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Glen Haasdyk
Fireman

Canada
2326 Posts

Posted - 12/15/2019 :  11:27:06 PM  Show Profile  Reply with Quote
Still adding to the new addition with this kit:


It's a building that is sheathed in corrugated siding on the walls as well as the roof. While I've built several buildings with the corrugated roofing, this will be the first on the walls.






I've built a couple Campbell kits and have always been impressed with the instructions, this kit is no exception with one large instruction page, printed both sides and one template/drawing page.




Finally, what's in the box, a bag of siding, a bag of scale lumber, window castings and other details, and the walls and roof printed on a number of pieces of cardstock.
I should be starting this within the next couple days.

BurleyJim
Fireman

USA
4883 Posts

Posted - 12/16/2019 :  07:45:14 AM  Show Profile  Reply with Quote
Glen, those kits are a great. I made a jig for cutting that corrugated aluminum at a scale 26" width and it made the build a lot easier. I also used a little etchant (ferric chloride) to give it that severe weathered effect, but you have to be extremely careful with that process. I've tried 'vinegar', and it wasn't effective. With the ferric chloride, I diluted it to 10% etchant 90% distilled water. It was much more controlled, but still needs to be tested and timed on a small sample piece. Have fun with that kit.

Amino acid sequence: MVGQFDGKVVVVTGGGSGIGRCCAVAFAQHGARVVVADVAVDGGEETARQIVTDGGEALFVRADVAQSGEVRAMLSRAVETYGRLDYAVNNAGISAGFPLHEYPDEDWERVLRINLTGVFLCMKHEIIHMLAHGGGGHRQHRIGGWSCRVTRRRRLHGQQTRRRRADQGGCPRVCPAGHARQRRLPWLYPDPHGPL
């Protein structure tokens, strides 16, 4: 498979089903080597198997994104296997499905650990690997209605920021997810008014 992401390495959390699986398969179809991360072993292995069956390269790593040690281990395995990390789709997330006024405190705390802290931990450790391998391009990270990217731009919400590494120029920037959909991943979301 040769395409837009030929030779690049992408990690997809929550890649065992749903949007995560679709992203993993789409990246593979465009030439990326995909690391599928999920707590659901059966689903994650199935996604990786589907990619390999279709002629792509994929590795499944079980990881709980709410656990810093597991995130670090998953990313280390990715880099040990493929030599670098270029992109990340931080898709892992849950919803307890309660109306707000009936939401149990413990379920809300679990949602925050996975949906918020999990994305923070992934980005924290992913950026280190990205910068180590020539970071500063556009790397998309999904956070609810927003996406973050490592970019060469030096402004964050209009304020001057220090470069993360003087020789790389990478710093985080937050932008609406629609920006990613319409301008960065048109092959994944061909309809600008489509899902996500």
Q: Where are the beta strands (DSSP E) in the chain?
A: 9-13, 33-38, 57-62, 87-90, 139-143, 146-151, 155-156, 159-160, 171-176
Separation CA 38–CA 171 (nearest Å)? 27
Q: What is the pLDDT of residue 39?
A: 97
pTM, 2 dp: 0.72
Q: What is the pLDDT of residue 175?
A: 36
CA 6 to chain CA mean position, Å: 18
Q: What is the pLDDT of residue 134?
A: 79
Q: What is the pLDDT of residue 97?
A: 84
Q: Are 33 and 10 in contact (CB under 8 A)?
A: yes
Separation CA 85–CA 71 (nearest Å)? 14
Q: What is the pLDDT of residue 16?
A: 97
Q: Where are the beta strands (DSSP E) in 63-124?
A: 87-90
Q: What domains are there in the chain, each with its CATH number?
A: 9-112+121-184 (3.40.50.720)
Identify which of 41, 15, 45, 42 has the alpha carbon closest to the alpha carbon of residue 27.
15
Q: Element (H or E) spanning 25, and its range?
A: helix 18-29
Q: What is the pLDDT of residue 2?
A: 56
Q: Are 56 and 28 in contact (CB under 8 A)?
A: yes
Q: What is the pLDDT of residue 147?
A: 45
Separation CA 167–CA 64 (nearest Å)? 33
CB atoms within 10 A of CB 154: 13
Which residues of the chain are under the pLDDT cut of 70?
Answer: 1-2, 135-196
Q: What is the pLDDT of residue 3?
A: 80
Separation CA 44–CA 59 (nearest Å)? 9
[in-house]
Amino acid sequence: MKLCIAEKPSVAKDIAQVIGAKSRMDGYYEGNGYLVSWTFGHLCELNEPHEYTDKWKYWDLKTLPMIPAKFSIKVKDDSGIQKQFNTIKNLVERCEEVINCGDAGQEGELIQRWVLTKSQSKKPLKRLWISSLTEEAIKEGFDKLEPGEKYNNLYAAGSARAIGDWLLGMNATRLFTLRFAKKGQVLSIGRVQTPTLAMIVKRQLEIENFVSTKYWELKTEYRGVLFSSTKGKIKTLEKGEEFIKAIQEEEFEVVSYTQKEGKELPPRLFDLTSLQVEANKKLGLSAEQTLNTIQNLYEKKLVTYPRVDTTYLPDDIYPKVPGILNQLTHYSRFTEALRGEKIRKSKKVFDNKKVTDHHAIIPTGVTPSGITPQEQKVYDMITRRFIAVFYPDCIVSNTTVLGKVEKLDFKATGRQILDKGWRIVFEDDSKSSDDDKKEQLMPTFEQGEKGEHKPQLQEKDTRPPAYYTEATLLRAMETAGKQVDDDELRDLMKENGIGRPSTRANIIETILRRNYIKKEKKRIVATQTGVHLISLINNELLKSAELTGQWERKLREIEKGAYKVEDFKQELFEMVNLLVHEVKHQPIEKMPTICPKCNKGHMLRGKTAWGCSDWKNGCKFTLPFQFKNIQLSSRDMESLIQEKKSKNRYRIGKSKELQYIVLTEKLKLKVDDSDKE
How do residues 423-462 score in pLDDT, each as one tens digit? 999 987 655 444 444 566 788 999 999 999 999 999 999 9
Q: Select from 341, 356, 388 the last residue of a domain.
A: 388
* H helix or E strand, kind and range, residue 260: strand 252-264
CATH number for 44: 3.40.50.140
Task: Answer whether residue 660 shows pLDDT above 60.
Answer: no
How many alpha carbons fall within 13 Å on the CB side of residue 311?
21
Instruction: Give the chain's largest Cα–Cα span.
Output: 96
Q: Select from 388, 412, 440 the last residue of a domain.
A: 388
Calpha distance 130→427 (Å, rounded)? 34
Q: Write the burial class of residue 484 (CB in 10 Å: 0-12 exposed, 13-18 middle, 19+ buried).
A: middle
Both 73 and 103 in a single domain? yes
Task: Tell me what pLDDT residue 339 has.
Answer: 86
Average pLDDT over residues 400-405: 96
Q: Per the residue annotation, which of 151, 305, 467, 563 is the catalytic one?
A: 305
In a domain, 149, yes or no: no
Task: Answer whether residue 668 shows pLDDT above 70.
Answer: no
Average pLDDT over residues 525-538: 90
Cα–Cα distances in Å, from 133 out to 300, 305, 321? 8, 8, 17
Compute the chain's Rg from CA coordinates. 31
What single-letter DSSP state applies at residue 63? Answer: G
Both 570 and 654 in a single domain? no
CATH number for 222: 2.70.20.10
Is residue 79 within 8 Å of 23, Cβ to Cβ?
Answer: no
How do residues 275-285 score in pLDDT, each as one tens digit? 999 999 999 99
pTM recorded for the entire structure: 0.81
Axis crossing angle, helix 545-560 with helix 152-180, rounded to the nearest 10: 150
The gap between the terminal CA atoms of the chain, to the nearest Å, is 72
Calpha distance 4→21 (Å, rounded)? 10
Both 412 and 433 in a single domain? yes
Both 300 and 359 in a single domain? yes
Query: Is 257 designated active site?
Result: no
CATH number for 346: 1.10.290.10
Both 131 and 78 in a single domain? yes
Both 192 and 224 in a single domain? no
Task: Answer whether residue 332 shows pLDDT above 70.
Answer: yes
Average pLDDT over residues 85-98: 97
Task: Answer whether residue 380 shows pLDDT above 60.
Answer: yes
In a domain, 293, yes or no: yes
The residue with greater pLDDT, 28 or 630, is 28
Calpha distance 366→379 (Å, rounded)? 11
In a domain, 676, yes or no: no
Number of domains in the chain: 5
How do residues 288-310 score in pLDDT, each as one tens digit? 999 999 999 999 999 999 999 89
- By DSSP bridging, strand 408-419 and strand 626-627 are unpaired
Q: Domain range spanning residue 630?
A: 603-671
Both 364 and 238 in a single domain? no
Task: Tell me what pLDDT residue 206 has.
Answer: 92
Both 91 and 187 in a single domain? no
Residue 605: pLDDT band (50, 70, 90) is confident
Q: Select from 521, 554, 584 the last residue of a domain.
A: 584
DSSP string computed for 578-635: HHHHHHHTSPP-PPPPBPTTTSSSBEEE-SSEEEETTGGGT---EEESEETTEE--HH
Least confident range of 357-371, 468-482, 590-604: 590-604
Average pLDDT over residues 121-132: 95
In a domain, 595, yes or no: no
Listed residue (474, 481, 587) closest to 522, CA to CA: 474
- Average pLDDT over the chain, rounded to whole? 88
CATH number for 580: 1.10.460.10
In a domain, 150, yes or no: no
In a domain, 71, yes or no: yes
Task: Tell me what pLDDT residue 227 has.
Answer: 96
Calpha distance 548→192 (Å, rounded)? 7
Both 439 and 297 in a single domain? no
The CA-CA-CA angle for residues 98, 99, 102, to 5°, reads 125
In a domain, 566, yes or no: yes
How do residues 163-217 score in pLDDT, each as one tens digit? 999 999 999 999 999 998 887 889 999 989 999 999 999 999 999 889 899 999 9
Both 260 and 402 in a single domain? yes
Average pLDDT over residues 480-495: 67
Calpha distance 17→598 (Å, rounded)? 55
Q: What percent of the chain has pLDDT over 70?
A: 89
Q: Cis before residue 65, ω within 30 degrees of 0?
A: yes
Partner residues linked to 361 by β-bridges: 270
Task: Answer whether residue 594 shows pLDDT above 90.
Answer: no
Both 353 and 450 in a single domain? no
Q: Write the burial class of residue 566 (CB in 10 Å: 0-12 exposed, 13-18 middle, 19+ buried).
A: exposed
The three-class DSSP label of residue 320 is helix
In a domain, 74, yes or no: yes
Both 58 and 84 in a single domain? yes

Jim

Edited by - BurleyJim on 12/16/2019 8:49:41 PM
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Michael Hohn
Fireman

USA
5721 Posts

Posted - 12/16/2019 :  09:12:11 AM  Show Profile  Visit Michael Hohn's Homepage  Reply with Quote
Campbell kits are always fun. A little “old school” but that’s part of the charm. And they build up into fine-looking structures.
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desertdrover
Engineer

USA
15000 Posts

Posted - 12/16/2019 :  10:15:19 AM  Show Profile  Reply with Quote
Ah, the aroma of a just opened wood kit. Like Michael said, "old school" but to me the best kits ever. The new modern laser cuts kits are great, but there still is nothing like cutting and building a kit like these Campbell types. Looking forward as always to your build here Glen.


Louis
Pacific Northwest Logging in the East Coast
Post count: 5000 posts added to below count.
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rlundy
Engine Wiper

Canada
177 Posts

Posted - 12/16/2019 :  8:33:58 PM  Show Profile  Reply with Quote
Great kits. Some of the best instructions out there. I have built the Community Church, Grain Elevator and both kits for Saez Sash and Door. These kits are very good for learning building techniques if you want to start scratch building. I have a couple dozen sitting on the shelf, that I will probably never build, since I switched scales. If you want the structure weathered, remember to stain the wood before you start building.
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Bernd
Fireman

USA
3424 Posts

Posted - 12/17/2019 :  08:24:52 AM  Show Profile  Visit Bernd's Homepage  Reply with Quote
Ah yes the Campbell kit's. Also have several in the cabinet. Just bought a water tower on E-bay. This will be the second one I have. The first water tower I assembled the legs and that's as far as I got. Then when I joined this forum I learned that you add paint, weathering and stains first before assembly so I bought a second kit.